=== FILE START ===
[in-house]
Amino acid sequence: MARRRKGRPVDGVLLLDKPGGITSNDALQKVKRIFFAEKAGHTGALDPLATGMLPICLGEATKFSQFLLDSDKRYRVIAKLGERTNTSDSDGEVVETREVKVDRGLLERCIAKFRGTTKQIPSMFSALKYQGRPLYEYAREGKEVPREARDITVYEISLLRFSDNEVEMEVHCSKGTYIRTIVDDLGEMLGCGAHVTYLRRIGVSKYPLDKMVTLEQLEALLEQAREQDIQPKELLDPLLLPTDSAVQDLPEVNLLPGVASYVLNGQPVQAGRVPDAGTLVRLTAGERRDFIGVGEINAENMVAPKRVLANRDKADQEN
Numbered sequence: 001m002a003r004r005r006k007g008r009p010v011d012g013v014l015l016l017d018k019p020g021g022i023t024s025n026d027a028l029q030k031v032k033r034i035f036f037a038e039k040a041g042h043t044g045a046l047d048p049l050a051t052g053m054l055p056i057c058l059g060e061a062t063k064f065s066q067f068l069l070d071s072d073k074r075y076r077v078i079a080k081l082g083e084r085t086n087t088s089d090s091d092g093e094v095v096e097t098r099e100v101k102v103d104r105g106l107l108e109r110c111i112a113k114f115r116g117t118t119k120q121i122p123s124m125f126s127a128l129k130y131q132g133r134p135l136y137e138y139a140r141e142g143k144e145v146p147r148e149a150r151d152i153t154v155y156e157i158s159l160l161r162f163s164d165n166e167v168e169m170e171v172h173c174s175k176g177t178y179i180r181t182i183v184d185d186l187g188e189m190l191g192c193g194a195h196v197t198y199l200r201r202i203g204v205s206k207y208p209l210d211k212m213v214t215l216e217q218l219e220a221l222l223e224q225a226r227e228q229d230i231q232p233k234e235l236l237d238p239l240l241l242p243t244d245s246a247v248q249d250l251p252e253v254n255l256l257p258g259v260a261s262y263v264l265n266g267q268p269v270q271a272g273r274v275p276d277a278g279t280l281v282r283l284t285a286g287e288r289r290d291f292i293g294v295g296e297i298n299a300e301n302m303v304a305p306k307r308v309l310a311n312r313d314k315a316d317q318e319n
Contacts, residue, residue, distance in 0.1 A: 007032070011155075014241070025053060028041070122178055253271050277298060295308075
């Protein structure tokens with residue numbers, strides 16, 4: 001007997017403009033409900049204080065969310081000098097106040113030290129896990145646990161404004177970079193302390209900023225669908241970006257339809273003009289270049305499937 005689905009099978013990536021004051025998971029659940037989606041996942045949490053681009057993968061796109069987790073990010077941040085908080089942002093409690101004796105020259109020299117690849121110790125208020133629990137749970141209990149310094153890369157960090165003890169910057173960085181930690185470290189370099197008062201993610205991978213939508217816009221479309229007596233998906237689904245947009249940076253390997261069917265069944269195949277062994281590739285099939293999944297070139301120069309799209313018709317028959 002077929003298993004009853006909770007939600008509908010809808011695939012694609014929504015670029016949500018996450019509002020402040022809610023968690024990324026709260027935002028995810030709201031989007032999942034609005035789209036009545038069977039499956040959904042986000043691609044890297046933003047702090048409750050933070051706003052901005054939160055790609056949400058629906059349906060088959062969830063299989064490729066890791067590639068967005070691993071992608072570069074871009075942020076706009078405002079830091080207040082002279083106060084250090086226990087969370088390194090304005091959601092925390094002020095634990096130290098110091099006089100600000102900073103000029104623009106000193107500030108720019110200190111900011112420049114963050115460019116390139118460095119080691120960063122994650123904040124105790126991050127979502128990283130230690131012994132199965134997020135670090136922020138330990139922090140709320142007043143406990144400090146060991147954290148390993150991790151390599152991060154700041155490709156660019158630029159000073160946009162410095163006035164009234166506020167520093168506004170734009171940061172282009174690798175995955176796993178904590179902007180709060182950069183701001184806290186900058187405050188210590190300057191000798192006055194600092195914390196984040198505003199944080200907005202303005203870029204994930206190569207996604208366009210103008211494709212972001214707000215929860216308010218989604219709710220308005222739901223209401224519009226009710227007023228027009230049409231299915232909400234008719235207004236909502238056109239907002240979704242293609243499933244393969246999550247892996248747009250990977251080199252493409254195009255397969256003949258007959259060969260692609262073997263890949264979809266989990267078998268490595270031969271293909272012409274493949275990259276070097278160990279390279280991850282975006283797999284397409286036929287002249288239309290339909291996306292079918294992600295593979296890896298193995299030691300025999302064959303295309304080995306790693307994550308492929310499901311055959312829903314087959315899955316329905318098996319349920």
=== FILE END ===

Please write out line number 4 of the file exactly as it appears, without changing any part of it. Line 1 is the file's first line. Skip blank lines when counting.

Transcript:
Contacts, residue, residue, distance in 0.1 A: 007032070011155075014241070025053060028041070122178055253271050277298060295308075